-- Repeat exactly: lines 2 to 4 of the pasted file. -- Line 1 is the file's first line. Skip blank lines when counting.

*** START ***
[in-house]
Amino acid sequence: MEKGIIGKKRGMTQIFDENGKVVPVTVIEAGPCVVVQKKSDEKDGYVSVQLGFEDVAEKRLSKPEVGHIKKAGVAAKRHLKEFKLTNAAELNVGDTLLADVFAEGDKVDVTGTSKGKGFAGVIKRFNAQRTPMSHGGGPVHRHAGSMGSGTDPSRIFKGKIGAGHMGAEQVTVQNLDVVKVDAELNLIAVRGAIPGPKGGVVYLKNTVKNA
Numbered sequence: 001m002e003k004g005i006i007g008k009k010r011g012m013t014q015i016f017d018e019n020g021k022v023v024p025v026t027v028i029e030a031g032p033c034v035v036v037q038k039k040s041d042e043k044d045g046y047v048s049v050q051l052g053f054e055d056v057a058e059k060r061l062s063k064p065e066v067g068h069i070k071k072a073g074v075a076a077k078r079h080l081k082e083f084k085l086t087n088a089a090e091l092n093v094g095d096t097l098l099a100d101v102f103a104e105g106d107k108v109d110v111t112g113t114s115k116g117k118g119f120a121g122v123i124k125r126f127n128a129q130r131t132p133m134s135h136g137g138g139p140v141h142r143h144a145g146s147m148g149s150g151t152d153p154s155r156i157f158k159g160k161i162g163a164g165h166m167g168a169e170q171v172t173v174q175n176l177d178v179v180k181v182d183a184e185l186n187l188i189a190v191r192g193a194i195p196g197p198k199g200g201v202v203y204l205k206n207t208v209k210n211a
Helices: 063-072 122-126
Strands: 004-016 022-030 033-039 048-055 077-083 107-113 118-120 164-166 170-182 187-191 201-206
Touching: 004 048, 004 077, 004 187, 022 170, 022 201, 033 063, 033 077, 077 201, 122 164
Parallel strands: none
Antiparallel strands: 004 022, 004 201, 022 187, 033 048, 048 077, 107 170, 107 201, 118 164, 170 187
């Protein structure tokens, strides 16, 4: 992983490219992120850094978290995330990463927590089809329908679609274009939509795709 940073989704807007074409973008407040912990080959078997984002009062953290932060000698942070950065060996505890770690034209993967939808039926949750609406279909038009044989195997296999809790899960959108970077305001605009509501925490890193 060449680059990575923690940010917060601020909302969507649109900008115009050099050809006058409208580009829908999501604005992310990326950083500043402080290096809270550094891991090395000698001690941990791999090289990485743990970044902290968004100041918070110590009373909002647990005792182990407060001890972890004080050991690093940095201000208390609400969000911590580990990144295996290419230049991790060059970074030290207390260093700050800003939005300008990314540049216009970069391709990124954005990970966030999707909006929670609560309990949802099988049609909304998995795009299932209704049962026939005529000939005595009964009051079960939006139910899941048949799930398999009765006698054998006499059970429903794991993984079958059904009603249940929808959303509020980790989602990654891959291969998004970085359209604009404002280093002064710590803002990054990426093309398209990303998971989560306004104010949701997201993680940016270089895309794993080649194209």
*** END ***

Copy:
Amino acid sequence: MEKGIIGKKRGMTQIFDENGKVVPVTVIEAGPCVVVQKKSDEKDGYVSVQLGFEDVAEKRLSKPEVGHIKKAGVAAKRHLKEFKLTNAAELNVGDTLLADVFAEGDKVDVTGTSKGKGFAGVIKRFNAQRTPMSHGGGPVHRHAGSMGSGTDPSRIFKGKIGAGHMGAEQVTVQNLDVVKVDAELNLIAVRGAIPGPKGGVVYLKNTVKNA
Numbered sequence: 001m002e003k004g005i006i007g008k009k010r011g012m013t014q015i016f017d018e019n020g021k022v023v024p025v026t027v028i029e030a031g032p033c034v035v036v037q038k039k040s041d042e043k044d045g046y047v048s049v050q051l052g053f054e055d056v057a058e059k060r061l062s063k064p065e066v067g068h069i070k071k072a073g074v075a076a077k078r079h080l081k082e083f084k085l086t087n088a089a090e091l092n093v094g095d096t097l098l099a100d101v102f103a104e105g106d107k108v109d110v111t112g113t114s115k116g117k118g119f120a121g122v123i124k125r126f127n128a129q130r131t132p133m134s135h136g137g138g139p140v141h142r143h144a145g146s147m148g149s150g151t152d153p154s155r156i157f158k159g160k161i162g163a164g165h166m167g168a169e170q171v172t173v174q175n176l177d178v179v180k181v182d183a184e185l186n187l188i189a190v191r192g193a194i195p196g197p198k199g200g201v202v203y204l205k206n207t208v209k210n211a
Helices: 063-072 122-126